After making assumptions for the other elements that make up our cash flow breakeven levels, such as operating expenses, administrative costs, interest and drydocking expense, we come to estimate cash flow breakeven for the next 12 months of about $10,600 per vessel per day and that number includes loan and balloon repayments. This includes scheduled balloon repayments of $4.9 million, and we approached our cost level would be around $9,300 per vessel per day.
Let's move to the next slide, slide 23 and as usual let me give you some highlights from our balance sheet. As of June 30, 2014, our total cash was about $46.4 million comprised of $38.4 million of unrestricted cash and about $8 million of restricted funds and retention accounts. Our outstanding debt was $59.4 million as of June 30, 2014.
As a result of the ratio of our debt to the market value of our fleet was about 55% and our net debt to the market value of our fleet was above 12%. We are happy to report that as of June 30, 2014, we were in compliance with all of our loan covenants.
Finally, let me make a word about our capital commitments. As mentioned earlier in the presentation, our drybulk investment program required about $118 million of funds over the period of 2014 to 2016 to-date we have made payments amounting to just above $12 million against those capital commitments. We plan to finance the remaining of this commitments with equity, most of which has been secured via the preferred and common offerings during the first quarter of this year and debt in the range of $70 million to $83 million between 6% to 7% for the acquisition price.
And with this brief remark, let met pass the floor back to Aristides.
Aristides J. Pittas
Thank you, Tasios. Let me now open up the floor for any questions.
(Operator Instructions) Your first question comes from the line of Donald McLee, please ask your question.
Donald McLee – Wells Fargo
Good morning guys. Thanks for taking my question. So, the first question is kind of, after the fine start to the year, we have seen drybulk rate generally drop and trend down towards 2013 level. Is there any degree or differentiation on charter between some of the older vessels and younger vessels in the market and where is that at?
Aristides J. Pittas
The older vessels demand a little bit lower levels than the younger ones only where feed and consumption are different. If feed and consumption is the same and the size is the same, then charters treat it similarly if we are talking for soft periods, 13 for something like that. But now, the charters have flexibility they want to fix for the longer period for the year or two to grow for younger ships and it's difficult to fix and elder ship for a larger period. Having said that we don't want to fix for a larger period at these rates because we think that the traditional seasonally recover in the market towards the end of the year.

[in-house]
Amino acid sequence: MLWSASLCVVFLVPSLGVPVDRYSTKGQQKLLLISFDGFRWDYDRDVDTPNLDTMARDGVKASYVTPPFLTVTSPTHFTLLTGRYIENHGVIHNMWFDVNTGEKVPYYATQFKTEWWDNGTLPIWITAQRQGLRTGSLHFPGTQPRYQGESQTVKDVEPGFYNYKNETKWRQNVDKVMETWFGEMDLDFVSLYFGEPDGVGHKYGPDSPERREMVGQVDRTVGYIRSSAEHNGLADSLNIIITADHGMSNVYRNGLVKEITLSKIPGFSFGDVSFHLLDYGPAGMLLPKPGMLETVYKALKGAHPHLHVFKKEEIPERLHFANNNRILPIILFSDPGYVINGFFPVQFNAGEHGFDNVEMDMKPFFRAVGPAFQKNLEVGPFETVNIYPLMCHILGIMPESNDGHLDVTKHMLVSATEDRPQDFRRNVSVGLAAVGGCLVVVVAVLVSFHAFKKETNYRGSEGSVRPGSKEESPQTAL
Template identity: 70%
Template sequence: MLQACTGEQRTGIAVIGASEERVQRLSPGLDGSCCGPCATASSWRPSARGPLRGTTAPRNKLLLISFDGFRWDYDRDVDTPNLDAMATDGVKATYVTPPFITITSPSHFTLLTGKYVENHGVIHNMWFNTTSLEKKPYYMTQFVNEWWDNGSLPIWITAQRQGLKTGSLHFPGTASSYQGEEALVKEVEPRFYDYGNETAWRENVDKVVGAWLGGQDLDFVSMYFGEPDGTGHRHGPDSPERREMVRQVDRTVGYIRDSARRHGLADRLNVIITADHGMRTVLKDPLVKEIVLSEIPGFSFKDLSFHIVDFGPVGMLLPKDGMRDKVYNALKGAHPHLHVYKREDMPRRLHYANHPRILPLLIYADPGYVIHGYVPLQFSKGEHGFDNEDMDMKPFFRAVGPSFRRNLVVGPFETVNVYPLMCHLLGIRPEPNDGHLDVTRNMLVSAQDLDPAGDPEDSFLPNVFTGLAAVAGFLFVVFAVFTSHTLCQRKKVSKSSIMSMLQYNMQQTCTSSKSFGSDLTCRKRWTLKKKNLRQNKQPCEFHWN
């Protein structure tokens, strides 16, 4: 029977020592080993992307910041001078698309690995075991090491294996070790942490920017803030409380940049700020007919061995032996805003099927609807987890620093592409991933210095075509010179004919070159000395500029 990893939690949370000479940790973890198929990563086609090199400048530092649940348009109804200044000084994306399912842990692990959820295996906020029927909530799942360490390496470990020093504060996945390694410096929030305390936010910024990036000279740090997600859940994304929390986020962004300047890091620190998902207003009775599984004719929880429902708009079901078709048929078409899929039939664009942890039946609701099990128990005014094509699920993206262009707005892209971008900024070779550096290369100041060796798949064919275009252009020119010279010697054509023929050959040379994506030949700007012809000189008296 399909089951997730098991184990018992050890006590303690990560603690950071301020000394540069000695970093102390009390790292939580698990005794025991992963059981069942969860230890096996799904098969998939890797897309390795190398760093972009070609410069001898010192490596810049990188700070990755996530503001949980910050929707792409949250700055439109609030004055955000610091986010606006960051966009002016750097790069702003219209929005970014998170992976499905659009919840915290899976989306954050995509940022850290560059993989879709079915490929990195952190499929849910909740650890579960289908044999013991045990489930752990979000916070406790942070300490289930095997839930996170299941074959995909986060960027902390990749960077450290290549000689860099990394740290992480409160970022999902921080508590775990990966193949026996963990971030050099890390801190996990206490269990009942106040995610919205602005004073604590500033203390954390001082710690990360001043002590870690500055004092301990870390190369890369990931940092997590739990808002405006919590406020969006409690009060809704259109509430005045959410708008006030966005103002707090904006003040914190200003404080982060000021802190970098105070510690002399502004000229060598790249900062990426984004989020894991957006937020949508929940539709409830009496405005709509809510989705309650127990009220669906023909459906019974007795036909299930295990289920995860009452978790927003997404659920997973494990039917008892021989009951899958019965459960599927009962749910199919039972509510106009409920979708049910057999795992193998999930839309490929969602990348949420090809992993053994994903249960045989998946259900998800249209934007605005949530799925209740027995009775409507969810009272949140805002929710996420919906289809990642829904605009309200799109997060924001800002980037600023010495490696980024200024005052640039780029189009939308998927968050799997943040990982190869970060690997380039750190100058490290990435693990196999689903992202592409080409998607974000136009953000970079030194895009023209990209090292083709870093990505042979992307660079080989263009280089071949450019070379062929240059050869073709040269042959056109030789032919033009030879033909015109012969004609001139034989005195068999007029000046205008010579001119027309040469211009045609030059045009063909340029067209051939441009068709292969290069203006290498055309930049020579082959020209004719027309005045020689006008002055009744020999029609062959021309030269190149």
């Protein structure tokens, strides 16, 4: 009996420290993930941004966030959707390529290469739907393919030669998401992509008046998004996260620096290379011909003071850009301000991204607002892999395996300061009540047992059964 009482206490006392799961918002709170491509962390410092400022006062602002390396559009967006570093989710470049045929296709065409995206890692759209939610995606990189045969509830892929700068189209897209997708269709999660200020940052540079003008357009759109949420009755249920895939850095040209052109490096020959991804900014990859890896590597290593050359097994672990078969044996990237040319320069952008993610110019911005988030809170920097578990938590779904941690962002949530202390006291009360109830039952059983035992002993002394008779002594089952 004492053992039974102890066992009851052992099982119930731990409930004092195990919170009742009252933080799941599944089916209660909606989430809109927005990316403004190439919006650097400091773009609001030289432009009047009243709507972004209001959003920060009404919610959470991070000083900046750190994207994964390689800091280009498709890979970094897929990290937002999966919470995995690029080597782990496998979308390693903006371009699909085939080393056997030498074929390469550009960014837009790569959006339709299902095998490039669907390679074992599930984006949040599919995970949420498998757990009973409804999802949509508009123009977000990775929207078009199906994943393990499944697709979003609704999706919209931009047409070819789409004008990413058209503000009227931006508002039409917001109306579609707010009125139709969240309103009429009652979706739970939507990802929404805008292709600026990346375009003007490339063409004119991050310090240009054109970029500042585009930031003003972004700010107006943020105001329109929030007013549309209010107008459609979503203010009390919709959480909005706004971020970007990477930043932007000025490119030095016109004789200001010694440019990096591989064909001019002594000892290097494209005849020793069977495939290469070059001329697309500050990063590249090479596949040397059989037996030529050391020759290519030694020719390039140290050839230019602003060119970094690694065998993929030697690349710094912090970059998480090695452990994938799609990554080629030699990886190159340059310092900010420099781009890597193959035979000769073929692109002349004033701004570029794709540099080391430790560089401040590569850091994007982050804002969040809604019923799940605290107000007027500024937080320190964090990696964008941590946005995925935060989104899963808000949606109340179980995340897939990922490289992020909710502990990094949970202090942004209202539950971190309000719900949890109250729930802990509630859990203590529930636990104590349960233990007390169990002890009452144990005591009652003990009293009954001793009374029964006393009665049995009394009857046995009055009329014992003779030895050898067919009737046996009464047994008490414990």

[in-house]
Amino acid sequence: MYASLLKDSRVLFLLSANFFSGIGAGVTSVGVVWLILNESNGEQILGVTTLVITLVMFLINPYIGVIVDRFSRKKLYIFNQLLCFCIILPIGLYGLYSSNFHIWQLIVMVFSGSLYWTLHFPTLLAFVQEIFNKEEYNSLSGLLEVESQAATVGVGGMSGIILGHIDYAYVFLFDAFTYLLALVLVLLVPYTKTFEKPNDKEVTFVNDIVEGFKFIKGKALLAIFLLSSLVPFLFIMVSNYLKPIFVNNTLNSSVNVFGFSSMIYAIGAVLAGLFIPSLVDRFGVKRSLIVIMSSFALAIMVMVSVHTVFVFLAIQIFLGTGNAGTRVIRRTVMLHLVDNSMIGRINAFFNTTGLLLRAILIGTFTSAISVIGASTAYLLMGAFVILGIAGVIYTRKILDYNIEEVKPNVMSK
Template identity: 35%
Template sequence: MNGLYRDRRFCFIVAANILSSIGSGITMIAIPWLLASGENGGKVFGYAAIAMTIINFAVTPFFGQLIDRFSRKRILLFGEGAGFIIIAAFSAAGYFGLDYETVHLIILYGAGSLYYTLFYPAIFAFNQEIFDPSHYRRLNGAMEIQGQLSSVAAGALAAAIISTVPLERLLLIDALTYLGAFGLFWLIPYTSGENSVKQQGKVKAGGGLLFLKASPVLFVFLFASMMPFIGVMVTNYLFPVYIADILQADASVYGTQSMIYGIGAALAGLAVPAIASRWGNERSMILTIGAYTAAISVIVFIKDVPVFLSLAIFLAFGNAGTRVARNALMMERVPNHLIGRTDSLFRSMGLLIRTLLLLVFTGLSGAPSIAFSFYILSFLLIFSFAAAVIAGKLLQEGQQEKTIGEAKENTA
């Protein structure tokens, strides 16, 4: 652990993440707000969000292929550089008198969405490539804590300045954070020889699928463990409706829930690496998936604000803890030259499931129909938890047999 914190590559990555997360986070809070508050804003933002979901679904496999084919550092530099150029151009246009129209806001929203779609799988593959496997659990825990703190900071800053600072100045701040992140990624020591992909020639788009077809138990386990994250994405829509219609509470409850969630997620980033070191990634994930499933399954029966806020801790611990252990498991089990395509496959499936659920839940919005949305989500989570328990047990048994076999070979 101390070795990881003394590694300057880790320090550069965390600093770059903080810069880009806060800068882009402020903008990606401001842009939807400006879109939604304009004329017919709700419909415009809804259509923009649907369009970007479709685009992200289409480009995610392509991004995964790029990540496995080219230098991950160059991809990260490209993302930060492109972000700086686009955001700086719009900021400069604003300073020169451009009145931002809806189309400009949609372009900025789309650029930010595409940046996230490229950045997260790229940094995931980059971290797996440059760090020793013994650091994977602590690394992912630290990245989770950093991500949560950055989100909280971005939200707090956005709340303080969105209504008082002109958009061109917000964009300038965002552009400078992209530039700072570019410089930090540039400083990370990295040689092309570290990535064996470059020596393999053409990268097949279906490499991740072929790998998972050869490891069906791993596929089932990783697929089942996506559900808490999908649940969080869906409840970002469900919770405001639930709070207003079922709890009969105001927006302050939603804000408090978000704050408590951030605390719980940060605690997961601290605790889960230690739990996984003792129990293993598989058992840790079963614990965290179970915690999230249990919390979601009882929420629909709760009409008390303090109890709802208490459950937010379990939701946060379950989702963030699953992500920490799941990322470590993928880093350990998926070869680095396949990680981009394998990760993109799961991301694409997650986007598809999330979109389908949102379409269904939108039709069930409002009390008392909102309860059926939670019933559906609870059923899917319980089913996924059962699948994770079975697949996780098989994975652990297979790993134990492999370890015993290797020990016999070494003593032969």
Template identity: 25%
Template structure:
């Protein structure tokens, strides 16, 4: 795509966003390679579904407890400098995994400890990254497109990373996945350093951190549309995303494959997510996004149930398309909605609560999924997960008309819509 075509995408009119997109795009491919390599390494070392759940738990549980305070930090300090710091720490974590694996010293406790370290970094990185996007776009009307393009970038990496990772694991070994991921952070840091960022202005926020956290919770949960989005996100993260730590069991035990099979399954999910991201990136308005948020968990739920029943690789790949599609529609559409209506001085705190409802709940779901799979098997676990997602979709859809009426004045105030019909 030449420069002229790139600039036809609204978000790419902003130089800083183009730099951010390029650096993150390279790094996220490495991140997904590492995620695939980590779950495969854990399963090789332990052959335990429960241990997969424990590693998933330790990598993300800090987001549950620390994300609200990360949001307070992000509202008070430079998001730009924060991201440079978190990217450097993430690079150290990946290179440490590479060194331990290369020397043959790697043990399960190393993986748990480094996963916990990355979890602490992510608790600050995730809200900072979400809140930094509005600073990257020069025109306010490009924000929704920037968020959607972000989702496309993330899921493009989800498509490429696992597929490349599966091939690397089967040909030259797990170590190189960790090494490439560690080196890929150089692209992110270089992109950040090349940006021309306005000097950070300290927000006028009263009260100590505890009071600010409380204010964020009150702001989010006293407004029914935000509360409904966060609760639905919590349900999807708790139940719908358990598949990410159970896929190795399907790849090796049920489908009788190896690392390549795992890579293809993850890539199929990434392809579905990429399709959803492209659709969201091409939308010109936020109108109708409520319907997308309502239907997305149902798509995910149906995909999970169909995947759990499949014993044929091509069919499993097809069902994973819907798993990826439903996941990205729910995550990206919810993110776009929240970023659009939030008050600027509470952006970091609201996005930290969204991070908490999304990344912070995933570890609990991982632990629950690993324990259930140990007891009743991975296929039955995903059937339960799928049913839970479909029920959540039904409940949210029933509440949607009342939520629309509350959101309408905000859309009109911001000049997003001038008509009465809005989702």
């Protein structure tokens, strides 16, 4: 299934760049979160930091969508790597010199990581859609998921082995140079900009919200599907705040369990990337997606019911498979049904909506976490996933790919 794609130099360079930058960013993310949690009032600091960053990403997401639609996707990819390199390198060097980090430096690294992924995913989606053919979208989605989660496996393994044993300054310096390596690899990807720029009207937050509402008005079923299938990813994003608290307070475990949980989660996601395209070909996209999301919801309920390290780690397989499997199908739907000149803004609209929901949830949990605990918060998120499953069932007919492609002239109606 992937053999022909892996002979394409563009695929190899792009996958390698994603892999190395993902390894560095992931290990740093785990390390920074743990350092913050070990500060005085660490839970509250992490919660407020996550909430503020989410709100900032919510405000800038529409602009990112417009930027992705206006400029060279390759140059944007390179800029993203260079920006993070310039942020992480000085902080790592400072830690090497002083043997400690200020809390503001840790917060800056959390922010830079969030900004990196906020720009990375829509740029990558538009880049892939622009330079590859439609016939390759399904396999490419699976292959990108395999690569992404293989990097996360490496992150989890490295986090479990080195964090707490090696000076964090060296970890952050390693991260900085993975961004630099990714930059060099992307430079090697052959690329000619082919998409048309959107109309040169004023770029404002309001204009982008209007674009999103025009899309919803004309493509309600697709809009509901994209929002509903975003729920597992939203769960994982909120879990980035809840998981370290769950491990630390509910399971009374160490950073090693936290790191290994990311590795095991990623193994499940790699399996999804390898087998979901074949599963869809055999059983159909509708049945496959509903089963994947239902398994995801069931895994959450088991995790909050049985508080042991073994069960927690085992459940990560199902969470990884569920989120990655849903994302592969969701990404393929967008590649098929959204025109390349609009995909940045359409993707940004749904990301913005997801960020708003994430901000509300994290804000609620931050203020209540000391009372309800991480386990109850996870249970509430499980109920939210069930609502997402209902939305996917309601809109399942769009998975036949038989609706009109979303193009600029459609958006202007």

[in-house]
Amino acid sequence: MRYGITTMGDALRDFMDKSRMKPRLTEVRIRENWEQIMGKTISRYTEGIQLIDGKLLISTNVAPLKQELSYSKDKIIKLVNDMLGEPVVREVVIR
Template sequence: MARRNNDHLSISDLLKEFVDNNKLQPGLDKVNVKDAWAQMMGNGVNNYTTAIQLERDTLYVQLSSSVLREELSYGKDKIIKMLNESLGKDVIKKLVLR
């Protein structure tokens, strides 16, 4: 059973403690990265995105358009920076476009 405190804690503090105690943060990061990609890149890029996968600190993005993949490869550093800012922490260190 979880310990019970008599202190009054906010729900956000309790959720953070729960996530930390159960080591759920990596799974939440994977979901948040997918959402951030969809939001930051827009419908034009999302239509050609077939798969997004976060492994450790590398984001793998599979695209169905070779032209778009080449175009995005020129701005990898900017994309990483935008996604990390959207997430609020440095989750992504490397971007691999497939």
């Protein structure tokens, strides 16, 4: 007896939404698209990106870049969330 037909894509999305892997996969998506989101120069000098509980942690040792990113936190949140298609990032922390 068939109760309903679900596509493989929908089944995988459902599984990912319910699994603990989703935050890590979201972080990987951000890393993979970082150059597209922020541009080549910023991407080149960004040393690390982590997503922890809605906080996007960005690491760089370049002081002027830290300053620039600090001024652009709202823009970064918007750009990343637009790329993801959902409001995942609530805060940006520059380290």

Donald McLee – Wells Fargo
That makes sense, I guess, I am interpreting that as if even, if the current rate of environment persist is probably not a big chance of you scrapping any vessels?
Aristides J. Pittas
We won't scrap, no if the market is extremely low and below $5,000 to the end of the year that will probably prompt us to scrap the elder Panamaxes as they come due for the drydock. But unless they come due for drydock and the market is below $5,000 a day, no we don't think to scrap this, the ship side is technically very good condition and we see no reason why to do that for ships that have very little debt on them.
Donald McLee – Wells Fargo
Okay. I know in your presentation you guys covered the supply side in terms pretty well for the drybulk sector, are there any key covenants in demand side that you are looking for, indicating and proving fundamentals?
I guess the situation at China remains the main driver of demand growth, so as long as China develops or mostly our – we are content towards that and that we are watching of course.
Aristides J. Pittas
But we expect more trade into China during the second half of the year as traditionally is the case. We except grains to pickup because as we’re in a good harvest in the U.S. and we are slightly, we’re modestly optimistic.
Donald McLee – Wells Fargo
Okay. And then, just the last question before I turn it over, it seems like the outlook for the container markets a bit more positive than the drybulk outlook, how does that affect your growth strategy going forward, will we see potentially focused more on the containers in the immediate term or near term?
Aristides J. Pittas
I think that you are right. The container sector is modestly better and not significantly better. We have the bulk of our container investments done through Euromar these days. So, you may see Euromar volume maybe adding the super slow on its fleet at this point in time.
But, we get sufficient exposure to the market through our ten ships and 11 ships via Euromar, if the container market does it bit better we will benefit not (inaudible).
Donald McLee – Wells Fargo
Alright. Thanks guys. That’s helpful. Thanks for your time.
Thank you. We have no further question at this time. Please continue.
Aristides J. Pittas
Well, thank you very much for attending our conference call today. We would be back to you in three months time with Q3 results. Good bye. Thanks everybody.
Ladies and gentlemen that does conclude our conference call today. Thank you for participating. You may now disconnect.